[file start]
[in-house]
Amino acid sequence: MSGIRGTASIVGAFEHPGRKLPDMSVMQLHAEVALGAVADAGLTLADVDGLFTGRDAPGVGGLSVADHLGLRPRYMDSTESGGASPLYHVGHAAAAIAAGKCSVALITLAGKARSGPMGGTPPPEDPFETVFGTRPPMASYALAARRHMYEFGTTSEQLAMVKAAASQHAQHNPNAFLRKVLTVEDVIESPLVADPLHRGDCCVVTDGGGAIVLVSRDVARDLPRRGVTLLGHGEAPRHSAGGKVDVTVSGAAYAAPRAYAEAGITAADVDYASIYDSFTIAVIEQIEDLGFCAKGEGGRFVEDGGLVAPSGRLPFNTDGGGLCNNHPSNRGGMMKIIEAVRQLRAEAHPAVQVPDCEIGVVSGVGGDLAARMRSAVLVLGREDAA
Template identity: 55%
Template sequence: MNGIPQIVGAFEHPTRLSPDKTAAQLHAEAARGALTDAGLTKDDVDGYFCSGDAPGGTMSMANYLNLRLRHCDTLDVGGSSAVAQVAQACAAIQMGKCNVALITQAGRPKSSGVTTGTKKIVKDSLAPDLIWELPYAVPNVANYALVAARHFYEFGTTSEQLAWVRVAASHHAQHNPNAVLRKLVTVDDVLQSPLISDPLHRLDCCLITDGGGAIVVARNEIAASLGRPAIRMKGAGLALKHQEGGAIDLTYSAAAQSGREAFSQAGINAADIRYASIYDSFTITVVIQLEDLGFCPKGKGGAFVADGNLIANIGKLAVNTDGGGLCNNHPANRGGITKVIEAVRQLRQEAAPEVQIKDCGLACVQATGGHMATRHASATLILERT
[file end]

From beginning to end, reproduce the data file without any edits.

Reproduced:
[in-house]
Amino acid sequence: MSGIRGTASIVGAFEHPGRKLPDMSVMQLHAEVALGAVADAGLTLADVDGLFTGRDAPGVGGLSVADHLGLRPRYMDSTESGGASPLYHVGHAAAAIAAGKCSVALITLAGKARSGPMGGTPPPEDPFETVFGTRPPMASYALAARRHMYEFGTTSEQLAMVKAAASQHAQHNPNAFLRKVLTVEDVIESPLVADPLHRGDCCVVTDGGGAIVLVSRDVARDLPRRGVTLLGHGEAPRHSAGGKVDVTVSGAAYAAPRAYAEAGITAADVDYASIYDSFTIAVIEQIEDLGFCAKGEGGRFVEDGGLVAPSGRLPFNTDGGGLCNNHPSNRGGMMKIIEAVRQLRAEAHPAVQVPDCEIGVVSGVGGDLAARMRSAVLVLGREDAA
Template identity: 55%
Template sequence: MNGIPQIVGAFEHPTRLSPDKTAAQLHAEAARGALTDAGLTKDDVDGYFCSGDAPGGTMSMANYLNLRLRHCDTLDVGGSSAVAQVAQACAAIQMGKCNVALITQAGRPKSSGVTTGTKKIVKDSLAPDLIWELPYAVPNVANYALVAARHFYEFGTTSEQLAWVRVAASHHAQHNPNAVLRKLVTVDDVLQSPLISDPLHRLDCCLITDGGGAIVVARNEIAASLGRPAIRMKGAGLALKHQEGGAIDLTYSAAAQSGREAFSQAGINAADIRYASIYDSFTITVVIQLEDLGFCPKGKGGAFVADGNLIANIGKLAVNTDGGGLCNNHPANRGGITKVIEAVRQLRQEAAPEVQIKDCGLACVQATGGHMATRHASATLILERT